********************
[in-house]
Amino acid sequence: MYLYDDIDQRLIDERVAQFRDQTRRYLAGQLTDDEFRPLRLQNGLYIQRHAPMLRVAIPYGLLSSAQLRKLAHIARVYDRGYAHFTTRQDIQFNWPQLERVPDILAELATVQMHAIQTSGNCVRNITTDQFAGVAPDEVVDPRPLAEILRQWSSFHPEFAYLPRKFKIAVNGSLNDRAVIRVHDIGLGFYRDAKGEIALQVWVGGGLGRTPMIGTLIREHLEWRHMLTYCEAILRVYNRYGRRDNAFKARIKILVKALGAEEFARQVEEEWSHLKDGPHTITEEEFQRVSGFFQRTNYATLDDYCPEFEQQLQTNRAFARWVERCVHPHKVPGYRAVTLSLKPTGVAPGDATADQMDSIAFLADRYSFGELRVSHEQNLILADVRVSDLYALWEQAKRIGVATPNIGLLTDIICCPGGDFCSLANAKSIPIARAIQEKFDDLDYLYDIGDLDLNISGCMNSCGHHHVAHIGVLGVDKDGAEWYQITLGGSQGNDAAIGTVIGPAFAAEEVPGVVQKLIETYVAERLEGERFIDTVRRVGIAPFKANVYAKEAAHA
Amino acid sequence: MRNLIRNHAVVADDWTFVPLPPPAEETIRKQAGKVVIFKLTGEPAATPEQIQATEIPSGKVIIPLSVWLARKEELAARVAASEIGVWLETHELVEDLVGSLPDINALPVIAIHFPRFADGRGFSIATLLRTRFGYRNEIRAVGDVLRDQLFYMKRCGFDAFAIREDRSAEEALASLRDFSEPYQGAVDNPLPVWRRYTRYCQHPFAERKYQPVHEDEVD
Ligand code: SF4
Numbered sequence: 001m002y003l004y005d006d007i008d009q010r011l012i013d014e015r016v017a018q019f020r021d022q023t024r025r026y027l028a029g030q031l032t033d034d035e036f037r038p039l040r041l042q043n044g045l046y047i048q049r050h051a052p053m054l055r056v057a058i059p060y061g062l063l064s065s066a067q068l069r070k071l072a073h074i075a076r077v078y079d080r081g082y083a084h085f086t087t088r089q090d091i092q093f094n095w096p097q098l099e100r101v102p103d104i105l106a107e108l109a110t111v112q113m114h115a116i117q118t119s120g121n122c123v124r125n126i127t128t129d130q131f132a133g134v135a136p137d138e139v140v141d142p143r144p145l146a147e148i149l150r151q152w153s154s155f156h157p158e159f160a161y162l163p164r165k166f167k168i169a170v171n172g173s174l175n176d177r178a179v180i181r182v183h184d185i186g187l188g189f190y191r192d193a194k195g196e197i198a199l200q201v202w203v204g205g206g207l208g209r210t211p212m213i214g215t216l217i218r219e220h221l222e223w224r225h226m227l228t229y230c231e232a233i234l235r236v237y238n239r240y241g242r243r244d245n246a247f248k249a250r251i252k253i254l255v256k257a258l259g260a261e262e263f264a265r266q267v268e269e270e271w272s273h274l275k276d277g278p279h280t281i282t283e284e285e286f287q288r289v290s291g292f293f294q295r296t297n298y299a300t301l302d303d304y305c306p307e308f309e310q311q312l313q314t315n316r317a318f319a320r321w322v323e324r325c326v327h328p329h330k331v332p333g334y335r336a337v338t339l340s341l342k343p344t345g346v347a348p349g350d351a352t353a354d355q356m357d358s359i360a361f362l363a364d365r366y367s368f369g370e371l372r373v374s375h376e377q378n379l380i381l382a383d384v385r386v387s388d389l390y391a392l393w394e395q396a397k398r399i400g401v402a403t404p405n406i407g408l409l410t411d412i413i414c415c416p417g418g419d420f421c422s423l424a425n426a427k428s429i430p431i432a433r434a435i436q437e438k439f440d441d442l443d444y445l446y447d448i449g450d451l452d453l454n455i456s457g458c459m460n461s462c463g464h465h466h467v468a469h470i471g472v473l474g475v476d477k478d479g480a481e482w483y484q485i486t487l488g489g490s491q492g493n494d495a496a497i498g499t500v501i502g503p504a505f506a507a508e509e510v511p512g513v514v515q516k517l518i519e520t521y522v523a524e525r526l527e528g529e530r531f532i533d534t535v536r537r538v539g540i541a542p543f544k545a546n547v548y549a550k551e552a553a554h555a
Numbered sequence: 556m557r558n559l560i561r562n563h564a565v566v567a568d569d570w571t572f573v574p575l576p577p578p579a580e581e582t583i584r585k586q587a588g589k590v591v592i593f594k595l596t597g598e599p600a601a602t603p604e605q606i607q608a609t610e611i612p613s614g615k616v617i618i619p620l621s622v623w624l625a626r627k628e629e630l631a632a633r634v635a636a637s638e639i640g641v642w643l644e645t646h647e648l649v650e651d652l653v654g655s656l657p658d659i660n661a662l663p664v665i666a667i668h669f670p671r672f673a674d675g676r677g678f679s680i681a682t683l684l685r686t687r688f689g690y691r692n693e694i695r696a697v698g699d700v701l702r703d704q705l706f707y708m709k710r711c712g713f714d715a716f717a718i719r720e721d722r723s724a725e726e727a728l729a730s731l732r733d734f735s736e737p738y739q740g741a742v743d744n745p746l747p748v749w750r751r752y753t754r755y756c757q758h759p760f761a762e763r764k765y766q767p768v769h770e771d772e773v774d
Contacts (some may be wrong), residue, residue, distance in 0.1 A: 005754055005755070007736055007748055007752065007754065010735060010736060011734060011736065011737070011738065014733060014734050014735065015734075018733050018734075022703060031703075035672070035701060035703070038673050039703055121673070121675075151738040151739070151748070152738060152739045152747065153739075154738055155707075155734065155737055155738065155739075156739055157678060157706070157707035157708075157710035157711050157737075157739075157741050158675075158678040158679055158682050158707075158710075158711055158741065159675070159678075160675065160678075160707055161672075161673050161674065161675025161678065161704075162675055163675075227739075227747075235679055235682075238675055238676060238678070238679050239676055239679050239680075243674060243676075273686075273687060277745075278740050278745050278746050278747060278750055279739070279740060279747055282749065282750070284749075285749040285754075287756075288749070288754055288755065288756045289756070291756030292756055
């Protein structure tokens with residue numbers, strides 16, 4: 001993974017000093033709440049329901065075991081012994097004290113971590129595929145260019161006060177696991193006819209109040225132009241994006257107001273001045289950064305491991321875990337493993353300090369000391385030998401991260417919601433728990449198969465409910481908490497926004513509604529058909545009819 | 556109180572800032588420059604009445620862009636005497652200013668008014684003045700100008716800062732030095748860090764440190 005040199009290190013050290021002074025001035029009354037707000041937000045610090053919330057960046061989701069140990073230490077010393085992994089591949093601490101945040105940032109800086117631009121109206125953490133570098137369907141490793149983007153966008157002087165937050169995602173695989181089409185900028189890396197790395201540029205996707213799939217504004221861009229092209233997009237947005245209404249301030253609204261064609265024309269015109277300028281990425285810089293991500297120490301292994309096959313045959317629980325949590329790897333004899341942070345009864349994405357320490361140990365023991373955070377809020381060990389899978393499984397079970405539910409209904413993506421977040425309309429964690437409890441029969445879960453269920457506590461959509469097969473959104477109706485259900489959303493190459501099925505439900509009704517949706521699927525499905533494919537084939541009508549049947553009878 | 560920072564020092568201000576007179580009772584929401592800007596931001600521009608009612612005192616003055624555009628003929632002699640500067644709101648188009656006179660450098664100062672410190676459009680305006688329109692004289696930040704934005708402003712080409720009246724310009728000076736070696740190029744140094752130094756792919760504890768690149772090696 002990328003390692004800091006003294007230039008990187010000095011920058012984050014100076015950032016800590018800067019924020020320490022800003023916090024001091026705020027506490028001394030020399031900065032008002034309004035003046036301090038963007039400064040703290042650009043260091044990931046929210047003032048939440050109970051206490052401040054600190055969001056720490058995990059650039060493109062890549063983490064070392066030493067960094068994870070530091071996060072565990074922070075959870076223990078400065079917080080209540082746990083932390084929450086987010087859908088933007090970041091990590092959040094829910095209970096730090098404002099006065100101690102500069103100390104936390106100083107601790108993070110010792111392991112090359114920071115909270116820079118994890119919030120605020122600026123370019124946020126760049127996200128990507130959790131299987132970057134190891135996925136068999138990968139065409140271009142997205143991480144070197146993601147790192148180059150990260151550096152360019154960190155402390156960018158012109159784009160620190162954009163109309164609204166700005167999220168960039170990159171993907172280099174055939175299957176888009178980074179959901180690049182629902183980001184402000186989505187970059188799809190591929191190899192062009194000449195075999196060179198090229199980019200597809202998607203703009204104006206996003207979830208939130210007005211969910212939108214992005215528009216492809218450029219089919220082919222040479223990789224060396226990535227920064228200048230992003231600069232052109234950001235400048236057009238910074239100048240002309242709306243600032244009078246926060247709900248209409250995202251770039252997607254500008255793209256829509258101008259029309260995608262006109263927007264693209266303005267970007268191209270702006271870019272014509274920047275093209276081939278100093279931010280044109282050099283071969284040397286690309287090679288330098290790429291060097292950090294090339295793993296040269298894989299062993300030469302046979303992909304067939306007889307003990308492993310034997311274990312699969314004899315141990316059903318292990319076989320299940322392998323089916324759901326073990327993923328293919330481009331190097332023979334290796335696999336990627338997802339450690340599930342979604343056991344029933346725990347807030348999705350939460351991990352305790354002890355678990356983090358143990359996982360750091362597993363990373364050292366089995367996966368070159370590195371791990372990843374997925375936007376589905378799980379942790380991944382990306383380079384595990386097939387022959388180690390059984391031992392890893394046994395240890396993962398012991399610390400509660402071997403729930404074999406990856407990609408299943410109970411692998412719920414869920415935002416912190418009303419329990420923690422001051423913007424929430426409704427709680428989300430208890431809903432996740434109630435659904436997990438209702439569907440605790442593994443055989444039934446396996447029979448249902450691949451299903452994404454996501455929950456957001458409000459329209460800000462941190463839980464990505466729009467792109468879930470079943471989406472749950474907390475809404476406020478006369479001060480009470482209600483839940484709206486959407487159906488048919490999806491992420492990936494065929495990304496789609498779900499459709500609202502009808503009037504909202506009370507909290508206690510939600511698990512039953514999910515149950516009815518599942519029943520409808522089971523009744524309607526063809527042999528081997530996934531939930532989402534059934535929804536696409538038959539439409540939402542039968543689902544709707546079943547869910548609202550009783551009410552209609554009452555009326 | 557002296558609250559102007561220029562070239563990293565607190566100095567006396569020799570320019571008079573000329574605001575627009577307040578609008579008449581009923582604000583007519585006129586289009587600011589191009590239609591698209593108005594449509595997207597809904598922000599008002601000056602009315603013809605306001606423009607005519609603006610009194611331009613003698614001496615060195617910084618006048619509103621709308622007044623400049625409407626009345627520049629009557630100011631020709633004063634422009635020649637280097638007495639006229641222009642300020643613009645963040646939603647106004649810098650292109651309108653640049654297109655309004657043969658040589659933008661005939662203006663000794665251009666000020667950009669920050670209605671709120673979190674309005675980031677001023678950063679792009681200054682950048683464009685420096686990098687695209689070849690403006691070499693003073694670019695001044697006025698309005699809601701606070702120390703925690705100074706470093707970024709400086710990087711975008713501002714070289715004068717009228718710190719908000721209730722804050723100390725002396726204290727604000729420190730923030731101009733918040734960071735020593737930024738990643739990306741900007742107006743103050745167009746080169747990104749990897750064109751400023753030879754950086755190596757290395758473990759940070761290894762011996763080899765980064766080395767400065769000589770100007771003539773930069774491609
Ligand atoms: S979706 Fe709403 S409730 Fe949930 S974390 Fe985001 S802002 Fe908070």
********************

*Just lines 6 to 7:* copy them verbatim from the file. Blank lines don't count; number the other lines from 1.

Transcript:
Numbered sequence: 556m557r558n559l560i561r562n563h564a565v566v567a568d569d570w571t572f573v574p575l576p577p578p579a580e581e582t583i584r585k586q587a588g589k590v591v592i593f594k595l596t597g598e599p600a601a602t603p604e605q606i607q608a609t610e611i612p613s614g615k616v617i618i619p620l621s622v623w624l625a626r627k628e629e630l631a632a633r634v635a636a637s638e639i640g641v642w643l644e645t646h647e648l649v650e651d652l653v654g655s656l657p658d659i660n661a662l663p664v665i666a667i668h669f670p671r672f673a674d675g676r677g678f679s680i681a682t683l684l685r686t687r688f689g690y691r692n693e694i695r696a697v698g699d700v701l702r703d704q705l706f707y708m709k710r711c712g713f714d715a716f717a718i719r720e721d722r723s724a725e726e727a728l729a730s731l732r733d734f735s736e737p738y739q740g741a742v743d744n745p746l747p748v749w750r751r752y753t754r755y756c757q758h759p760f761a762e763r764k765y766q767p768v769h770e771d772e773v774d
Contacts (some may be wrong), residue, residue, distance in 0.1 A: 005754055005755070007736055007748055007752065007754065010735060010736060011734060011736065011737070011738065014733060014734050014735065015734075018733050018734075022703060031703075035672070035701060035703070038673050039703055121673070121675075151738040151739070151748070152738060152739045152747065153739075154738055155707075155734065155737055155738065155739075156739055157678060157706070157707035157708075157710035157711050157737075157739075157741050158675075158678040158679055158682050158707075158710075158711055158741065159675070159678075160675065160678075160707055161672075161673050161674065161675025161678065161704075162675055163675075227739075227747075235679055235682075238675055238676060238678070238679050239676055239679050239680075243674060243676075273686075273687060277745075278740050278745050278746050278747060278750055279739070279740060279747055282749065282750070284749075285749040285754075287756075288749070288754055288755065288756045289756070291756030292756055